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AFL-CIO Boss Vows 'Serious Consideration' for Trump's New Labor Pick

U.S. Attorney Alexander Acosta speaks at a March 7, 2006, news conference in Miami. (AP Photo/Wilfredo Lee)

WASHINGTON — President Trump’s new nominee for Labor secretary got a cautiously positive reaction from one of the unions at the forefront of the effort to bring down the nomination of Andrew Puzder, the Carl’s Jr. boss who withdrew the day before his Senate hearing in the face of withering GOP support.

Trump today’s nominated Alexander Acosta, dean of the Florida International University College of Law, a former U.S. Attorney, and a George W. Bush appointee to the National Labor Relations Board.

Acosta, a Harvard Law grad, was also assistant attorney general for civil rights under Bush.

Trump began a marathon East Room press conference by noting that his new nominee “has been through Senate confirmation three times, confirmed; did very, very well.”

“And so, Alex, I’ve wished him the best. We just spoke. And he’s going to be — I think he’ll be a tremendous secretary of Labor,” Trump added.

Senate Health, Education, Labor and Pensions Committee Chairman Lamar Alexander (R-Tenn.) echoed the feeling that the nomination “is off to a good start” because of Acosta’s previous Senate history. At least four Republicans had indicated they didn’t plan on voting for Puzder, dooming the nod.

“He has an impressive work and academic background,” Alexander said. “We will schedule a hearing promptly after his nomination papers arrive in the Senate, and I look forward to exploring his views on how American workers can best adjust to the rapidly changing workplace.”

Sen. Johnny Isakson (R-Ga.) said Acosta’s experience “proves that he knows how to fairly and equitably represent all American values.”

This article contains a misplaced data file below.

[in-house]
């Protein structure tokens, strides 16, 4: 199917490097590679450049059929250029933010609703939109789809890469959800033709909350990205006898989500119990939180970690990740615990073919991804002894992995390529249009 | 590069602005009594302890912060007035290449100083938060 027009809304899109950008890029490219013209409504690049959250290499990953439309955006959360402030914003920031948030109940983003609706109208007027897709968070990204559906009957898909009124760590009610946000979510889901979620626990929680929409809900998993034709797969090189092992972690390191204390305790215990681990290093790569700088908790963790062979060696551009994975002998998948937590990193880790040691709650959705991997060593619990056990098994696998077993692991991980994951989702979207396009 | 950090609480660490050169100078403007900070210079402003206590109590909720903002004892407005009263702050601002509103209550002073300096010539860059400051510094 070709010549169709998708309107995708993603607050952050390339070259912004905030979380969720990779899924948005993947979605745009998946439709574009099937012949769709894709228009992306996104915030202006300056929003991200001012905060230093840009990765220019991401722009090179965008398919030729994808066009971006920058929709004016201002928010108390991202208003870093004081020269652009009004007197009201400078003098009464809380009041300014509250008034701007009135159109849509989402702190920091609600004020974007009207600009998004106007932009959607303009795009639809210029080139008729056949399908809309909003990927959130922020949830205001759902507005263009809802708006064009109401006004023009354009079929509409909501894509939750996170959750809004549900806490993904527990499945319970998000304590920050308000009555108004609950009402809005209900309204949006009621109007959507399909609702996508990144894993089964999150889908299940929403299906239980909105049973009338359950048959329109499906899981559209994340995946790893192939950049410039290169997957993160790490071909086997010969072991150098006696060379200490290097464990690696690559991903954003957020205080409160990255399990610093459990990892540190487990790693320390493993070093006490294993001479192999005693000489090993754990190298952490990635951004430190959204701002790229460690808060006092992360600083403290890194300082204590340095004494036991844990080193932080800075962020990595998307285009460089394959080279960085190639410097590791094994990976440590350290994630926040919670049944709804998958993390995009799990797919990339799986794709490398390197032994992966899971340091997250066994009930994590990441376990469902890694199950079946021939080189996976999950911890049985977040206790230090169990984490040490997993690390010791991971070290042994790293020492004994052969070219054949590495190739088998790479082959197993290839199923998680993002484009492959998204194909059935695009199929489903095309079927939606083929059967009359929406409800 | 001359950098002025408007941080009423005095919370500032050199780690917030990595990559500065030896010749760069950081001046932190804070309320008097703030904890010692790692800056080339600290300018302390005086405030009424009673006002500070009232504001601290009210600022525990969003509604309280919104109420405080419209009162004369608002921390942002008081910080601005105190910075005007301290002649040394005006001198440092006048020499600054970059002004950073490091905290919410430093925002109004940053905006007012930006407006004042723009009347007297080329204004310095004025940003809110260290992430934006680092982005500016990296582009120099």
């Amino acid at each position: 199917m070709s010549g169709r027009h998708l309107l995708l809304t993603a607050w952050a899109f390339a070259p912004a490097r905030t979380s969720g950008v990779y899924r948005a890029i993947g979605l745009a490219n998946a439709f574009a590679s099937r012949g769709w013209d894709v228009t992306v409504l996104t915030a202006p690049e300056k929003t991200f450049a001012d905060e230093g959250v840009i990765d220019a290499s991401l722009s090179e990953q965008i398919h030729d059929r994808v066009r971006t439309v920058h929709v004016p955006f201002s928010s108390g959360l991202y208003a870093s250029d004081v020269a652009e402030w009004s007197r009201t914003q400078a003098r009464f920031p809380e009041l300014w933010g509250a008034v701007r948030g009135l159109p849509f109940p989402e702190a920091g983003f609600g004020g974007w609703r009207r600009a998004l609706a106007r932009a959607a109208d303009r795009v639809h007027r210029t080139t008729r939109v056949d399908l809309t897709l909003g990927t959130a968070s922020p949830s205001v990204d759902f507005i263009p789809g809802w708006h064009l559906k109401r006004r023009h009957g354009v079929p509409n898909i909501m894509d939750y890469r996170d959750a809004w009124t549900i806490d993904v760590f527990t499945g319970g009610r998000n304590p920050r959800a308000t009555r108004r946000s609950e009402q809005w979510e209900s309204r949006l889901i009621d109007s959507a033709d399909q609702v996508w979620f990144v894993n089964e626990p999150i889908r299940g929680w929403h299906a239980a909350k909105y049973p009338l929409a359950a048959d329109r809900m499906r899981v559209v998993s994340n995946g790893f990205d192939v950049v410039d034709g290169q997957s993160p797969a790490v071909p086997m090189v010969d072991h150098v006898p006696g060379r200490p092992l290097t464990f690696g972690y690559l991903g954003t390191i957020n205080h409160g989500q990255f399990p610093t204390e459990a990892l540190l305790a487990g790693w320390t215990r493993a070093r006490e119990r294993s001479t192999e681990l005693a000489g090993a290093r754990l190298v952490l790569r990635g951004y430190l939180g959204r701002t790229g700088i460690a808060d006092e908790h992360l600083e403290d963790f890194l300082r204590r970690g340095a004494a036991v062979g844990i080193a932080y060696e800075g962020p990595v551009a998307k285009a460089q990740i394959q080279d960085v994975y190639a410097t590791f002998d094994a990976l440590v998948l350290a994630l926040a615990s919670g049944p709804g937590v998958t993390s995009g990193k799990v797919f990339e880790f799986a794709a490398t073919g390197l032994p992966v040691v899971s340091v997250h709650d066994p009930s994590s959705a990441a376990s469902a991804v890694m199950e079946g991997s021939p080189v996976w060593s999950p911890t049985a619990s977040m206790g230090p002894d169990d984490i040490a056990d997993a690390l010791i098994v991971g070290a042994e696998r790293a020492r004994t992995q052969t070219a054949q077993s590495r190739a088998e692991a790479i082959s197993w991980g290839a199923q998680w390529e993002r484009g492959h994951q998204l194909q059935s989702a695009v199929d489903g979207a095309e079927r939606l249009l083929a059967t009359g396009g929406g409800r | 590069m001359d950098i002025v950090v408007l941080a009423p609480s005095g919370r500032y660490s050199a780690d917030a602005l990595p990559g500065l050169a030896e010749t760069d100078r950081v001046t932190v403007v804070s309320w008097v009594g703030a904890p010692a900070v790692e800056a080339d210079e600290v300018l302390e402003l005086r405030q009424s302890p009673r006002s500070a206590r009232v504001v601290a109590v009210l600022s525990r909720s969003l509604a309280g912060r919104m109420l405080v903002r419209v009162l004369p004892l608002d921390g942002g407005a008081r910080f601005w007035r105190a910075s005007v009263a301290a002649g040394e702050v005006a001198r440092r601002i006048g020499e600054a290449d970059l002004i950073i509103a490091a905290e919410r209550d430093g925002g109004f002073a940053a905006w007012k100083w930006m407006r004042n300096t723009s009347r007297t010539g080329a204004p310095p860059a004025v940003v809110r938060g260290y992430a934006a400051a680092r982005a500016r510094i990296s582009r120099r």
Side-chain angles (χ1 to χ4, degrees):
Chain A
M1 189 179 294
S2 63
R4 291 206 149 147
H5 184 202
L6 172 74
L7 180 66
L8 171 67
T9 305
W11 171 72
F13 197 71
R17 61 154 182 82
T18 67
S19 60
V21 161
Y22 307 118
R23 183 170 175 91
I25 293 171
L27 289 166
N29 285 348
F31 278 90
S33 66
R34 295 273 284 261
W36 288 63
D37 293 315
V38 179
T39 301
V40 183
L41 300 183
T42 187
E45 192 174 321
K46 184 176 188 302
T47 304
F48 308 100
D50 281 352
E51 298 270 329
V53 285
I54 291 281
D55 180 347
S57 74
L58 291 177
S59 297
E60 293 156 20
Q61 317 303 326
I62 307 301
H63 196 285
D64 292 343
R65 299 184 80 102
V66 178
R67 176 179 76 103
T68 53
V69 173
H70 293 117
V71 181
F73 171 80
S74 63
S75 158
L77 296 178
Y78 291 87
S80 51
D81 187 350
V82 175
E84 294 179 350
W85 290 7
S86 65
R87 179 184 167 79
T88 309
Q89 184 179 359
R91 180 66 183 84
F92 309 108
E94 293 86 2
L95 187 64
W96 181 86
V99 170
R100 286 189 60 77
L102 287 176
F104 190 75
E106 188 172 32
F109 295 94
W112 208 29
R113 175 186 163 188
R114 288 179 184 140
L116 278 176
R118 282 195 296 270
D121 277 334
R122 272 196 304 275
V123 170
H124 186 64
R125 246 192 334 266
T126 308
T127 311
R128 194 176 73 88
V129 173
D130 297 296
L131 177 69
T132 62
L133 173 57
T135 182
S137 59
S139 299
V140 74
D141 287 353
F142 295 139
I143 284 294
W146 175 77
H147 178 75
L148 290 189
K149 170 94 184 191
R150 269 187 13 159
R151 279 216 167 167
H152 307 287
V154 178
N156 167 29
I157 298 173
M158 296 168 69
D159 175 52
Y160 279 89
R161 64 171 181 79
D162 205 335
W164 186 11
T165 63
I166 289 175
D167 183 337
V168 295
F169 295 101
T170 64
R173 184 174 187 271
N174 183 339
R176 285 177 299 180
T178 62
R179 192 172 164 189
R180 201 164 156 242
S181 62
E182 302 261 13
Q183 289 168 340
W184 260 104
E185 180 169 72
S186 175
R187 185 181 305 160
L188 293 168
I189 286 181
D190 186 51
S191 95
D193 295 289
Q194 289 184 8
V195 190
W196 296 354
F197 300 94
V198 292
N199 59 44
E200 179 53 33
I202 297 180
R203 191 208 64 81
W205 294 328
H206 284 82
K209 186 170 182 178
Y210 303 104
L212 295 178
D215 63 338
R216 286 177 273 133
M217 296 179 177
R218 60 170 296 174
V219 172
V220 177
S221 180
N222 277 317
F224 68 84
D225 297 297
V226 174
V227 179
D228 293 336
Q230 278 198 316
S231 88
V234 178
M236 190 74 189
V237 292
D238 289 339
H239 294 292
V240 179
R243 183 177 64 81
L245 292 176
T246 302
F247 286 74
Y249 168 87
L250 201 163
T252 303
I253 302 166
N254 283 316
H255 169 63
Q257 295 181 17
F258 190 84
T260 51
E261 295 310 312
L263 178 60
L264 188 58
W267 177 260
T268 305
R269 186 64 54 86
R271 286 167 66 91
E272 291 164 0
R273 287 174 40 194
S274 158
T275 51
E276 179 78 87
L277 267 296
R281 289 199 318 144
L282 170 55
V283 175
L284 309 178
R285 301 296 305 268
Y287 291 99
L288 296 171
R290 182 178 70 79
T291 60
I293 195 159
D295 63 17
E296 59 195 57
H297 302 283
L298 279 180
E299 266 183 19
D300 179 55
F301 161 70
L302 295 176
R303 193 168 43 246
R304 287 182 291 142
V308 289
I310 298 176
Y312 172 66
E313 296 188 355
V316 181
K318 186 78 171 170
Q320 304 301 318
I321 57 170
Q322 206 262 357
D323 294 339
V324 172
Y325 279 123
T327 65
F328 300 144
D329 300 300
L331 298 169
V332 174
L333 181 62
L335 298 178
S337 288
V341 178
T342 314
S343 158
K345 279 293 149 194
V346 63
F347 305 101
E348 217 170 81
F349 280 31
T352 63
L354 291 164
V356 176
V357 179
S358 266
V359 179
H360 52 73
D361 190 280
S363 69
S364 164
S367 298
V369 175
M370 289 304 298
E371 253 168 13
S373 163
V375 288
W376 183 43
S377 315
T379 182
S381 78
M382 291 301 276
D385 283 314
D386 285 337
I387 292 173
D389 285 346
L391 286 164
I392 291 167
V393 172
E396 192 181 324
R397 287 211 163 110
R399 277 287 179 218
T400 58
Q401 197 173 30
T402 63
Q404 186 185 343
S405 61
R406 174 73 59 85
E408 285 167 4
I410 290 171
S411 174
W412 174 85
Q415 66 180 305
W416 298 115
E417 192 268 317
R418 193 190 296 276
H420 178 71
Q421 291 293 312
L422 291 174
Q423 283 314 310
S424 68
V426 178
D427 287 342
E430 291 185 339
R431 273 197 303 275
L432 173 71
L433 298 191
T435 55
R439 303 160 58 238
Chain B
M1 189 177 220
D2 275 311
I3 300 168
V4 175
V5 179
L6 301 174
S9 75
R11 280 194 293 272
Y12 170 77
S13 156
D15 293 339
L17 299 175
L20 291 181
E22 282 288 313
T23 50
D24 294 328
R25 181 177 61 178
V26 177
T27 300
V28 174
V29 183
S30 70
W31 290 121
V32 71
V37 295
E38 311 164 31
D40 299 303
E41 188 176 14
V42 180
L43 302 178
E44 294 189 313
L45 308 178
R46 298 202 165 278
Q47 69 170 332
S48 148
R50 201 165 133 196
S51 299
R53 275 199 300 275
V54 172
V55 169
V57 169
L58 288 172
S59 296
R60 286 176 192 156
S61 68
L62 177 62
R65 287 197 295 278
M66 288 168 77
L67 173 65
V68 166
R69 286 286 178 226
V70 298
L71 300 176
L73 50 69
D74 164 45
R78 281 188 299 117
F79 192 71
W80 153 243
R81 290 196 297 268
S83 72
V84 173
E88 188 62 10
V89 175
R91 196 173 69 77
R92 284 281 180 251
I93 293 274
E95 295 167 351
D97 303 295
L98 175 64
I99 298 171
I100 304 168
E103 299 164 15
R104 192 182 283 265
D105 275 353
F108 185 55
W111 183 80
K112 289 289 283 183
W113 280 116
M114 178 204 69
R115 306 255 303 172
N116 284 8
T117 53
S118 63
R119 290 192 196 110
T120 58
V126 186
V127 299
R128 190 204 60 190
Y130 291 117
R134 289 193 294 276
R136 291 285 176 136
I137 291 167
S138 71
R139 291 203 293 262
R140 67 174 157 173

“As a U.S. Attorney, he fought tirelessly to protect Americans and uphold the law,” Isakson added. “His qualifications to be secretary of Labor are strong.”

AFL-CIO boss Richard Trumka, still on a victory lap after Puzder dropped out, stressed in a statement that “working people changed the game on this nomination.”

“Unlike Andy Puzder, Alexander Acosta’s nomination deserves serious consideration. In one day, we’ve gone from a fast-food CEO who routinely violates labor law to a public servant with experience enforcing it,” Trumka said, promising to “of course review Mr. Acosta’s record as thoroughly as we did the previous nominee’s.”

“Mr. Acosta will have to answer tough questions and explain how he will enforce and uphold labor laws to benefit working people and not further tilt the balance of power toward corporate CEOs,” he said. “The Labor secretary is not just another cabinet member – his or her actions directly impact our wages, safety and rights on the job every single day. We will judge this nominee by the commitment he shows to making life better for working people.”

SEIU International President Mary Kay Henry vowed “workers will stay in the streets to demand a Labor secretary who is a champion for working people and fights to represent their interests in our economy.”

“In the coming days and weeks, workers will find out more about how Alexander Acosta will ensure working people have pathways to good jobs on which they can raise their families, and a real voice impacting the decisions that affect them at work, in their communities, and in the economy and democracy,” Henry said. “We will hold Mr. Acosta to the same high standards the American public rightfully expects of our nation’s Labor secretary: to advance the interests and needs of wage earners in our economy.”